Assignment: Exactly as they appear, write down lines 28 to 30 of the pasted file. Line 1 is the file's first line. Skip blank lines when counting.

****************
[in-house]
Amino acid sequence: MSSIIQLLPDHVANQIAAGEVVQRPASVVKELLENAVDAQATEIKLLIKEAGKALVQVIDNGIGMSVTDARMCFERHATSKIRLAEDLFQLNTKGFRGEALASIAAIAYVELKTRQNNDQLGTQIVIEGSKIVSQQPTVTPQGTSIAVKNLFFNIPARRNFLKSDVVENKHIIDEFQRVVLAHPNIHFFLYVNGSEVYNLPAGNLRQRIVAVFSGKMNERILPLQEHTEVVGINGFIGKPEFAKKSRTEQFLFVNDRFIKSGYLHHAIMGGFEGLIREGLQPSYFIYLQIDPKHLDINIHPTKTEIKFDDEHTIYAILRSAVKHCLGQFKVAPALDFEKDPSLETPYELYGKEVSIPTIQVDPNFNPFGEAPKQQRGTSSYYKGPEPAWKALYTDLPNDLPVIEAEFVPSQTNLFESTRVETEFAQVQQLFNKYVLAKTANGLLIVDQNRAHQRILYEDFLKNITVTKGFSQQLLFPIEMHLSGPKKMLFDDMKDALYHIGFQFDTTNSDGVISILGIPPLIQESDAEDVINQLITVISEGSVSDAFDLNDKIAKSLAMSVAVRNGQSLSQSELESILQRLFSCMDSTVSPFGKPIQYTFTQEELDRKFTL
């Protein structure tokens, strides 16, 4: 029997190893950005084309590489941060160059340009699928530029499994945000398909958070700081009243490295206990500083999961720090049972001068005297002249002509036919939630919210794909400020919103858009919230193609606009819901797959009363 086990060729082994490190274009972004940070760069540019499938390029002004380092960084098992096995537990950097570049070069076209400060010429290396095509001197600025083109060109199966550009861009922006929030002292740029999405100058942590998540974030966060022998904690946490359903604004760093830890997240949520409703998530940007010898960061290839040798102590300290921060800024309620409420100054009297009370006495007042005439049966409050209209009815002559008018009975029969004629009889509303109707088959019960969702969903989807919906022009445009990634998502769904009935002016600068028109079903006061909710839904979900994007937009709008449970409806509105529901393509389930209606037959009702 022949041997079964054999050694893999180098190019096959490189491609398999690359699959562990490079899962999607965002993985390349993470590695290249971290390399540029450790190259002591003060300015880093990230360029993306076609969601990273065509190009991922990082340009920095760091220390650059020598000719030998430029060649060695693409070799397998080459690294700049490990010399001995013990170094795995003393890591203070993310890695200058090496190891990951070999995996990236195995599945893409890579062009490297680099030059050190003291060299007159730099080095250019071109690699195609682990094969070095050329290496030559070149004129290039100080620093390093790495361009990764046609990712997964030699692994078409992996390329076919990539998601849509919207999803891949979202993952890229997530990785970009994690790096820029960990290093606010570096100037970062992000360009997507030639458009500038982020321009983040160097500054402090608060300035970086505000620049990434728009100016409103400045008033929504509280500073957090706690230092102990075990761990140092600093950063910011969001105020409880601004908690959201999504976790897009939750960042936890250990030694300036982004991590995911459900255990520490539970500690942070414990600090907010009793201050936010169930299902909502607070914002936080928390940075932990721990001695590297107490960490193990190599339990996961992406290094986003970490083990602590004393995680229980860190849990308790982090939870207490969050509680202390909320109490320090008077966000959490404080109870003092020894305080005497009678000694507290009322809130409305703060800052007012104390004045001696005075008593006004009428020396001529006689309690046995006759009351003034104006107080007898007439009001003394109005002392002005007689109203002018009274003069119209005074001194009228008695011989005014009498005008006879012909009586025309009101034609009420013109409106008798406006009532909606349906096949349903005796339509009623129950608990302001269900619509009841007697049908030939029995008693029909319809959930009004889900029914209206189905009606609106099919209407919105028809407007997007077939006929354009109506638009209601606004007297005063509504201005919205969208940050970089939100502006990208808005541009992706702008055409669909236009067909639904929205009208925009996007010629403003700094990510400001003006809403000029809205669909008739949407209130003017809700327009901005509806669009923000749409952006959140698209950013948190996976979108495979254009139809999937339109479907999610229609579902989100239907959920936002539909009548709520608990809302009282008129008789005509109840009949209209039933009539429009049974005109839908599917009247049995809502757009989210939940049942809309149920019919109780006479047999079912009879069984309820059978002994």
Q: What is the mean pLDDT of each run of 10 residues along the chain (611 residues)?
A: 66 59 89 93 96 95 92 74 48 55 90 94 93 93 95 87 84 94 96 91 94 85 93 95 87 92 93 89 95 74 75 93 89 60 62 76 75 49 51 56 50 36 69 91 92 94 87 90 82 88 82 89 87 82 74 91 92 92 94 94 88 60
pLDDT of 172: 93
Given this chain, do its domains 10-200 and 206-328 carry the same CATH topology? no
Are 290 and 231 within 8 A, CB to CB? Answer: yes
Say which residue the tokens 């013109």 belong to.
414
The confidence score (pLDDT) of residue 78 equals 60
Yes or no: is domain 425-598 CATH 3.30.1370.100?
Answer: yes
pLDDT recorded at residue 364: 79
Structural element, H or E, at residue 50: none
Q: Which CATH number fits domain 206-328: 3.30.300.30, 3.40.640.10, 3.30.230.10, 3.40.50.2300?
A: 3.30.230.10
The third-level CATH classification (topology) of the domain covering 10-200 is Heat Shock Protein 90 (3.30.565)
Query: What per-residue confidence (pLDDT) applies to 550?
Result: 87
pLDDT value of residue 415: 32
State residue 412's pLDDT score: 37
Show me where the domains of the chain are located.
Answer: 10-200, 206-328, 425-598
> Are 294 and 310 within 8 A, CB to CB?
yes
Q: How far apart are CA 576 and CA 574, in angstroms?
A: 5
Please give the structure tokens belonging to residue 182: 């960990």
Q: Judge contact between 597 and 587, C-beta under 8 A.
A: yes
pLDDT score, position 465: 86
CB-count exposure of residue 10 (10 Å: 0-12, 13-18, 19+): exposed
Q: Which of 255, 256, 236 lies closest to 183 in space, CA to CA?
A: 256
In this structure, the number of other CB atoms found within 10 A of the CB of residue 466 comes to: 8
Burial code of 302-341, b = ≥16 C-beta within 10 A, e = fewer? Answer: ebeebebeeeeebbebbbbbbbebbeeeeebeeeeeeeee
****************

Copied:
A: 5
Please give the structure tokens belonging to residue 182: 């960990």
Q: Judge contact between 597 and 587, C-beta under 8 A.